The Mavericks will release a new album and embark on a tour next year, but a familiar face will be missing. Bassist and vocalist Robert Reynolds, one of the group's founding members, has been fired due to an opiate addiction.

According to Rolling Stone Country, Paul Deakin, Raul Malo, Jerry Dale McFadden and Eddie Perez fired Reynolds in October, but they've known about Reynolds' problems since around the time they were recording their 2013 reunion album 'In Time.'

"I knew about it from before the band got back together. There were many signs when he first came back into the studio. I confronted him about it, and he denied," Deakin says. "When he finally admitted it, I said, 'I'm not going to sign these [record] contracts until you go into rehab.' On three separate occasions we put him in different forms of rehab over the past three years."

Adds Malo, "This is the worst thing I've ever seen as far as addiction. He's far gone."

The remaining Mavericks stress that they did not make this decision lightly; in fact, it's been a long time coming.

"This is not something that happened overnight," Deakin explains. "We would have countless meetings on it. I remember one of the first times when we talked, shortly after the band [reunited], Raul and I went out with him in London, Ontario, Canada, and sat him down and said, 'You need to do something.' That's when he went to outpatient rehab."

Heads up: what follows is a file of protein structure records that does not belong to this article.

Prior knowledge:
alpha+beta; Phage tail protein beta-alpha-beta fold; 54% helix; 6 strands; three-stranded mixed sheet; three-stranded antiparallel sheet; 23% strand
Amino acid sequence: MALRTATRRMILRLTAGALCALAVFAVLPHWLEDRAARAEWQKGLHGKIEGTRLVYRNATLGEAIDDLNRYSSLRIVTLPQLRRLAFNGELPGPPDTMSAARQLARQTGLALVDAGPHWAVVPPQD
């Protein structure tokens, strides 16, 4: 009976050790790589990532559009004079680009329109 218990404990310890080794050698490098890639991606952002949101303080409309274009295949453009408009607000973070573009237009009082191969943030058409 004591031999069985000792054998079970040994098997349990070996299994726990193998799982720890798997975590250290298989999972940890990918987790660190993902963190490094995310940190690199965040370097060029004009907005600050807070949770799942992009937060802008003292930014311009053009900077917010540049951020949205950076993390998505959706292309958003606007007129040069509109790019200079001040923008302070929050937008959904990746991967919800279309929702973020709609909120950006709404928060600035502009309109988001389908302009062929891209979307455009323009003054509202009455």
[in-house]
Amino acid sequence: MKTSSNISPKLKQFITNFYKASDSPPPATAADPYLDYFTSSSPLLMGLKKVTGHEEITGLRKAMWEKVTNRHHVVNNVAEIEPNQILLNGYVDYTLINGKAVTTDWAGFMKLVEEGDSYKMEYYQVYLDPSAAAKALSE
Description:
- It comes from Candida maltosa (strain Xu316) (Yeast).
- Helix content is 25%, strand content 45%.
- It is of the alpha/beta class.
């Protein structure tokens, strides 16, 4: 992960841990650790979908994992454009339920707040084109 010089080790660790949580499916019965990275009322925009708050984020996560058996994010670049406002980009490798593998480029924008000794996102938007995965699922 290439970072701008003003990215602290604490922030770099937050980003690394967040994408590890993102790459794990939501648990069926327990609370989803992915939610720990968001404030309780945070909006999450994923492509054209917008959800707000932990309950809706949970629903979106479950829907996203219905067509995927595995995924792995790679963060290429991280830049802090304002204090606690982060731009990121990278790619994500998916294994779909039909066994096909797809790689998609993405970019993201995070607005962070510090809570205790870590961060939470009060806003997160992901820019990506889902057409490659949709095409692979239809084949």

None of the attempts at rehab worked, though, and when Reynolds' problems began taking their toll on the band's professional life, the group knew their only remaining option was to fire him.

"[In October], we realized that Addict Robert does not give a f--k about what's going on here," Deakin says.

Deakin, Malo, McFadden and Perez say one of their reasons for revealing Reynolds' addiction is that they discovered that Reynolds had been asking fans for money, and they were concerned about how far the band's loyal followers would go to help him if they didn't know the full story.

"It's like, man, what if he hits somebody up for five grand, and then they go, 'Why didn't you guys tell us anything?'" Malo says. "And now we put this fan in harm's way, and they're out five grand because we didn't have the balls to say anything about it."

Unfortunately, Reynolds' wife Angie is fighting cancer right now as well. When the group revealed on their website in October that Reynolds was "tak[ing] time to attend to personal matters," many concluded that those personal matters were her treatment and recovery, not his addiction.

"There are so many emotions that are mixed up in it," Deakin says. "You're sad, you're pissed, you're confused. You're like, 'F--k, this sucks!'"

The Mavericks say, however, that they would welcome Reynolds back with open arms, if he gets clean and goes to rehab, which they're willing to help pay for.

"We've gotten word to him, but I don't think he will take our calls right now. I think he feels betrayed, as addicts do," says Deakin. "That's the sad part of addiction."

Adds Malo, "But the reality is, even if he goes to rehab tomorrow, it's going to be a long time. He's got to work the program and make sure it sticks."

Still, the four men hope Reynolds will confront and overcome his addiction so that he can enjoy the band's success with them.

"I feel a little angry and upset because, man, he should be here enjoying this with us," Perez says. "We are having such a ball and are excited about this next chapter we're doing, but Robert and his addiction are keeping him away."